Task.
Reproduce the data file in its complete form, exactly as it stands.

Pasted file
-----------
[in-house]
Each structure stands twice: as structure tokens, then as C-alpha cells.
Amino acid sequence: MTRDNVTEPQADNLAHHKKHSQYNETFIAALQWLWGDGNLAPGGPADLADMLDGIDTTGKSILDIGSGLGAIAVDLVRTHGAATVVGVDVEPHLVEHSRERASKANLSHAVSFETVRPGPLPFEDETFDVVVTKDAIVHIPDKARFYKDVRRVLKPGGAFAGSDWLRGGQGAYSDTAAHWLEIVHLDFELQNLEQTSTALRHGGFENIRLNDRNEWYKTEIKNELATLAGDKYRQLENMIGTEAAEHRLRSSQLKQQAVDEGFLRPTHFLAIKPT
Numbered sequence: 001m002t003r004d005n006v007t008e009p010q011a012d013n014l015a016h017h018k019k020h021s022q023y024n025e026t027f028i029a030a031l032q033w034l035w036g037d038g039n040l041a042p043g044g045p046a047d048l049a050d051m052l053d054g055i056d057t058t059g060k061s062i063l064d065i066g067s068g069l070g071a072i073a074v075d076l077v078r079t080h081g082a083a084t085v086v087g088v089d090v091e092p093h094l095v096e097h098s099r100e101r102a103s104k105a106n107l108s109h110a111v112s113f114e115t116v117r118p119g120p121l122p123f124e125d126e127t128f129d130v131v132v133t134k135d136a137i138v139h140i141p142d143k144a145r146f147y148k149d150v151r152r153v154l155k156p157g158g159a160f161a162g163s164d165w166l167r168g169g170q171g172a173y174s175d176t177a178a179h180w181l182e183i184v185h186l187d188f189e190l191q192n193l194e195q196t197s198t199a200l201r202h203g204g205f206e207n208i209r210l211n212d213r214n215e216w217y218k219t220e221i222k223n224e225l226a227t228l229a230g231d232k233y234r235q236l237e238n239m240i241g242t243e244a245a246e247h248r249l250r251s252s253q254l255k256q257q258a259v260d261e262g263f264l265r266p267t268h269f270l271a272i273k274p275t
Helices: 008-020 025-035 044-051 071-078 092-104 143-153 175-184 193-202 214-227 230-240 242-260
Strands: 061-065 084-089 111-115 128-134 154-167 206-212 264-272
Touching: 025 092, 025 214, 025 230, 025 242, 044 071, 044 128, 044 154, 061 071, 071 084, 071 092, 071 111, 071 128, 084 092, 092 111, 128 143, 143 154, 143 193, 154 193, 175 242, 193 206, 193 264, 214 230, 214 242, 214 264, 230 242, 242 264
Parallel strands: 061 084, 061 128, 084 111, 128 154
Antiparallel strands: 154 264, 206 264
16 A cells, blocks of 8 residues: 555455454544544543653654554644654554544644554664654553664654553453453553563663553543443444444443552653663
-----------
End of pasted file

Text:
[in-house]
Each structure stands twice: as structure tokens, then as C-alpha cells.
Amino acid sequence: MTRDNVTEPQADNLAHHKKHSQYNETFIAALQWLWGDGNLAPGGPADLADMLDGIDTTGKSILDIGSGLGAIAVDLVRTHGAATVVGVDVEPHLVEHSRERASKANLSHAVSFETVRPGPLPFEDETFDVVVTKDAIVHIPDKARFYKDVRRVLKPGGAFAGSDWLRGGQGAYSDTAAHWLEIVHLDFELQNLEQTSTALRHGGFENIRLNDRNEWYKTEIKNELATLAGDKYRQLENMIGTEAAEHRLRSSQLKQQAVDEGFLRPTHFLAIKPT
Numbered sequence: 001m002t003r004d005n006v007t008e009p010q011a012d013n014l015a016h017h018k019k020h021s022q023y024n025e026t027f028i029a030a031l032q033w034l035w036g037d038g039n040l041a042p043g044g045p046a047d048l049a050d051m052l053d054g055i056d057t058t059g060k061s062i063l064d065i066g067s068g069l070g071a072i073a074v075d076l077v078r079t080h081g082a083a084t085v086v087g088v089d090v091e092p093h094l095v096e097h098s099r100e101r102a103s104k105a106n107l108s109h110a111v112s113f114e115t116v117r118p119g120p121l122p123f124e125d126e127t128f129d130v131v132v133t134k135d136a137i138v139h140i141p142d143k144a145r146f147y148k149d150v151r152r153v154l155k156p157g158g159a160f161a162g163s164d165w166l167r168g169g170q171g172a173y174s175d176t177a178a179h180w181l182e183i184v185h186l187d188f189e190l191q192n193l194e195q196t197s198t199a200l201r202h203g204g205f206e207n208i209r210l211n212d213r214n215e216w217y218k219t220e221i222k223n224e225l226a227t228l229a230g231d232k233y234r235q236l237e238n239m240i241g242t243e244a245a246e247h248r249l250r251s252s253q254l255k256q257q258a259v260d261e262g263f264l265r266p267t268h269f270l271a272i273k274p275t
Helices: 008-020 025-035 044-051 071-078 092-104 143-153 175-184 193-202 214-227 230-240 242-260
Strands: 061-065 084-089 111-115 128-134 154-167 206-212 264-272
Touching: 025 092, 025 214, 025 230, 025 242, 044 071, 044 128, 044 154, 061 071, 071 084, 071 092, 071 111, 071 128, 084 092, 092 111, 128 143, 143 154, 143 193, 154 193, 175 242, 193 206, 193 264, 214 230, 214 242, 214 264, 230 242, 242 264
Parallel strands: 061 084, 061 128, 084 111, 128 154
Antiparallel strands: 154 264, 206 264
16 A cells, blocks of 8 residues: 555455454544544543653654554644654554544644554664654553664654553453453553563663553543443444444443552653663